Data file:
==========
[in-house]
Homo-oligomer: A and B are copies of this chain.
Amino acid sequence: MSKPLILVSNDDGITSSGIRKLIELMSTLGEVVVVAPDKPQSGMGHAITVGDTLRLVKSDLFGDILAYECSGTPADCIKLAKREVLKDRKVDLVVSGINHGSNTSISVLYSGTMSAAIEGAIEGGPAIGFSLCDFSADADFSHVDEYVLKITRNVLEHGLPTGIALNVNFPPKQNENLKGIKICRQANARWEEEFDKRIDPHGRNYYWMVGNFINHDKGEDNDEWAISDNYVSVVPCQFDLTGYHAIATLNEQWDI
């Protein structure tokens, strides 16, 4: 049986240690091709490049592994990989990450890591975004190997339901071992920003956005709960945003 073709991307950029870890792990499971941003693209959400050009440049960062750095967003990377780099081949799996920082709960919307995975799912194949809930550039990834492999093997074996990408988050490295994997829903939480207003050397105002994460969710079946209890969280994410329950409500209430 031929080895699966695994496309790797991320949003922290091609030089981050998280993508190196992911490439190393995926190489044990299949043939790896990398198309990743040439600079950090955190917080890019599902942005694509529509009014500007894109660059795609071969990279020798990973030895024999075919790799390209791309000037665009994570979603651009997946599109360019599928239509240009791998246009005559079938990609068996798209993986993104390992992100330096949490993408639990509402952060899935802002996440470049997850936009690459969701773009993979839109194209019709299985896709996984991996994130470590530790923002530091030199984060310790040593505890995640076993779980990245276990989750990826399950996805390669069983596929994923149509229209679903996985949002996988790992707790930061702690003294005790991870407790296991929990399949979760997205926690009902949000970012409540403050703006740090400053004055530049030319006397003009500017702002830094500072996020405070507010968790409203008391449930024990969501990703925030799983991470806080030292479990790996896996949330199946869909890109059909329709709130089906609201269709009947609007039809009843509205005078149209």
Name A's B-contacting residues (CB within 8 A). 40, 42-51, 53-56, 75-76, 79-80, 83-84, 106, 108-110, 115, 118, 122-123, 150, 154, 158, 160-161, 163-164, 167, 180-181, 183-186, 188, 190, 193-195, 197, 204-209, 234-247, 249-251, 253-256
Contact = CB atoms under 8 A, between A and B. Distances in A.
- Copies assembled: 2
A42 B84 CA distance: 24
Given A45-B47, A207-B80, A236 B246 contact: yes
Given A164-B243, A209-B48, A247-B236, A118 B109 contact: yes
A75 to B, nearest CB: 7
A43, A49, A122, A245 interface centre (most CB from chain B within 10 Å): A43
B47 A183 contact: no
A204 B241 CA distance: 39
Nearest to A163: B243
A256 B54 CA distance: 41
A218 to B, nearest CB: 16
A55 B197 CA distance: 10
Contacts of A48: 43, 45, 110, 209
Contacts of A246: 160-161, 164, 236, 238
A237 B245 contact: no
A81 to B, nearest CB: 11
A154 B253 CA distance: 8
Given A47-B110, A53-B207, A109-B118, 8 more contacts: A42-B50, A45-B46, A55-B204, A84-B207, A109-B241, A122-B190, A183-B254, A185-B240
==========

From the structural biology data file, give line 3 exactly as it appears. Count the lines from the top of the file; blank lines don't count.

Amino acid sequence: MSKPLILVSNDDGITSSGIRKLIELMSTLGEVVVVAPDKPQSGMGHAITVGDTLRLVKSDLFGDILAYECSGTPADCIKLAKREVLKDRKVDLVVSGINHGSNTSISVLYSGTMSAAIEGAIEGGPAIGFSLCDFSADADFSHVDEYVLKITRNVLEHGLPTGIALNVNFPPKQNENLKGIKICRQANARWEEEFDKRIDPHGRNYYWMVGNFINHDKGEDNDEWAISDNYVSVVPCQFDLTGYHAIATLNEQWDI